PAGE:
Vandy Vape Pulse AIO V2 Review By Owen

Vandy Vape Pulse AIO V2 Review By Owen-Cover

While the original Pulse AIO offered great value for money, it was far from perfect, with a loose RBA base and cracking mods among the issues.

At the time, some of these issues were tolerable as there weren’t a lot of options when it came to cheap boro compatible devices – however, this has changed with a number of mainstream manufacturers jumping on the AIO bandwagon.

Product overview

The Pulse AIO V2 is an 80w, single 18650, alloy body, Boro compatible AIO device, that comes with the new Pulse AIO V2 RBA and tank.

  • Pulse AIO V2 device
  • Pulse AIO V2 RBA and tank
  • 4×RBA airflow pins
  • 3×drip-tip inserts
  • 510 adapter
  • Spare drip-tip

Unlike previous versions of the Pulse AIO, this time there’s no stock-coil compatible tank.

Personally, I’m here for the RBA experience, so I’m 100% okay with that.

First impressions

The Pulse V2 is tiny, of course it’s smaller than the original Pulse AIO because that was 21700 compatible and this is 18650, but it’s also smaller than the 18650 compatible Pulse AIO mini.

It looks really nice, the transparent panels allow you to see your circuit board, battery and tank, my favorite aesthetic design detail is the small transparent panel on the bottom of the device.

It also feels nice, I have no issues with plastic mods (some of my favorite mods are plastic), but the alloy body of the Pulse V2, with its angled sides feels great.

Second impressions

While the transparent panels look cool, they seem to be made from the most scratch prone material in the world. I’d already seen Reddit posts commenting on the scratches, so I was extremely careful, but the panels are still getting numerous scratches on them.

Vandy Vape do offer metal panels, and one way of looking at this, is that it’s such good value for an AIO+RBA that another $15 for panels isn’t a big deal, the counter-opinion is that it’s unreasonable to have to spend $15 on panels when it should have come with decent panels to start with.

Chipset functions

Three clicks on the fire button allows you to switch between wattage, temp control, bypass and voltage modes.

Fire+Up locks the wattage (but not the fire button)


The RBA comes with a 510 adapter that allows you to build on the Pulse AIO, rather than looking for a mod; this is a great idea…or at least it would have been a great idea if it worked well, which it doesn’t.

It’s okay, the RBA has a 510 connection, so connecting it a mod shouldn’t be an issue, except it has such shallow threading that I couldn’t secure it on the first three mods I tried, the fourth mod was fine.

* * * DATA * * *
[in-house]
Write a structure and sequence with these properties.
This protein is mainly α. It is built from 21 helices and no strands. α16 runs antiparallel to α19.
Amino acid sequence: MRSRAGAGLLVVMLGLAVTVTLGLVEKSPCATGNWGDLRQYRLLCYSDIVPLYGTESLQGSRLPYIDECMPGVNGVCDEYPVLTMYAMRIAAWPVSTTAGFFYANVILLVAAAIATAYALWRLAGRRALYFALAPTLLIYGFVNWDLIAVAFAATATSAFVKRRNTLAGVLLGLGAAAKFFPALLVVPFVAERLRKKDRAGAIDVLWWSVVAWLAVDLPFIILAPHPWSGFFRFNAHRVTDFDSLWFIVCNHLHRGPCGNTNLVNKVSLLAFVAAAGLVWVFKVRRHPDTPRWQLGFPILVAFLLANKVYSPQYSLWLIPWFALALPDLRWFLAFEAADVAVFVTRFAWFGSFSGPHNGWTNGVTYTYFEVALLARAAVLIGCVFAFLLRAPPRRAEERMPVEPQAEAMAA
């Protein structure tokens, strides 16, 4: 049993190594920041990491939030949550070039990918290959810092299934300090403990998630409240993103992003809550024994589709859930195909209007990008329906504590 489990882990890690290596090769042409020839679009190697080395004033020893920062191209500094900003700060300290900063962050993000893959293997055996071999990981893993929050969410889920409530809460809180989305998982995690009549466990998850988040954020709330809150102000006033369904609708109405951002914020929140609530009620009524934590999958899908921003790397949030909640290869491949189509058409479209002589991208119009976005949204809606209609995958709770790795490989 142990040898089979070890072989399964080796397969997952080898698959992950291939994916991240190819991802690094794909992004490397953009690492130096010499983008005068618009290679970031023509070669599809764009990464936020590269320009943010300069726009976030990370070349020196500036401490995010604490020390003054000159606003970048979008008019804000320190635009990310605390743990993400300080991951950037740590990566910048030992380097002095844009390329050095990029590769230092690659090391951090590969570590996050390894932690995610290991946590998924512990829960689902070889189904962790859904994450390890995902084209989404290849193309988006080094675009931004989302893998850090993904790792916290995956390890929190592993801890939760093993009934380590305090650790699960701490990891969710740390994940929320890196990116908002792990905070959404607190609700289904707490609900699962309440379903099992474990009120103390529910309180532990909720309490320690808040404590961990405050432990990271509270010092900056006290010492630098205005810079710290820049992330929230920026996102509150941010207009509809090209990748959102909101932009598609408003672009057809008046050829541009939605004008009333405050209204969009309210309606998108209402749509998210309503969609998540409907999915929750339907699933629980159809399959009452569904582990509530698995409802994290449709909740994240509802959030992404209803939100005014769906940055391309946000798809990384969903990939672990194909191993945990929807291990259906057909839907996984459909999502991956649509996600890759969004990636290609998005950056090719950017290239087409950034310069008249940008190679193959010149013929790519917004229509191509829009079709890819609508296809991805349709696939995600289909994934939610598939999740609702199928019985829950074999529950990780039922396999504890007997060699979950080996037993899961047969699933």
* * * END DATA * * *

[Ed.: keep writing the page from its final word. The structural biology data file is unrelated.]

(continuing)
Fortunately building on the RBA is very simple, firstly choose your airflow pin (4.0, 3.0, 2.0, 1.5), secure your coil (2.5mm works well), I found that raising the coil slightly above level with the posts was good.

Wicking is probably the easiest I’ve experienced on any RBA (and much easier that most RTAs), cut the wicks long, put on the chamber cap so that the wicks are poking out of each side, cut them so that about 5mm is remaining outside the chamber and fluff them.

RBA performance

  • 28g fused clapton 2.5mm 0.4ohms – this build worked really well at around 35w with the 2.0 and 3.0mm airflow pins. This gave a very nice restricted DL draw, with good vapor production and accurate flavor.
  • 30g superfine MTL clapton 2.5mm 0.6ohms – for this build I tried to get something close to MTL so I used the 1.5mm airflow pin. If you’re looking for a traditional MTL draw this won’t satisfy, but for loose MTL this was great.

While I liked the performance of the RBA that came with the original Pulse AIO, this is a noticeable improvement in both flavor and ease of use.


Unlike the previous Pulse AIOs that was 510 drip-tip compatible, the V2 uses boro-style screw in drip-tips.

The supplied drip-tips are comfortable and have a choice of three inserts that allow you to adjust the bore.

One good discovery was that the flush nut from previous Pulse AIOs fits perfectly, allowing you to use your own 510 drip-tips. (it would have been nice if the V2 came with this flush nut though)


There are no two ways about this, the Pulse AIO V2 suffers from condensation issues, all devices like this will have condensation, this is almost unavoidable when you have a tank in a box.

However, the main problem for the Pulse AIO V2, is where the condensation goes. In the previous Pulse AIO, the tank, the batteries and the chipset were all in their own compartments, in the V2 there’s no divider between the battery and tank, and the chipset is behind a little plastic panel that isn’t sealed very well.

So, you end up with juice on your battery and behind the transparent panel on your chipset, sure you can clean it constantly, but it’s annoying if you care about things like that.

In Vandy Vape’s defense, the chipset is IP67 protected, so theoretically the condensation won’t kill the device.


What I find most frustrating about most of the above issues, is that they were avoidable at the design stage and that they stem from prioritizing having something that looks fancy, over something that works well.

If the Pulse AIO V2 came with aluminum panels, had the chipset in a sealed compartment and a tiny divider between the tank and battery, it would be an almost perfect device. It might not look quite so cool, but once it’s scratched up and covered in juice, it no longer looks cool anyway.


Despite the negatives, it’s not a terrible device. The RBA is excellent, the device performs well, feels good and is tiny.

I guess it comes down to how much scratched panels (or paying for better panels) and cleaning condensation bothers you.


The Vandy Vape Pulse AIO V2 was provided for the purposes of this review by Healthcabin.

This review was written by Owen from Vaping Underground & Reddit, click to view original review there with more details.


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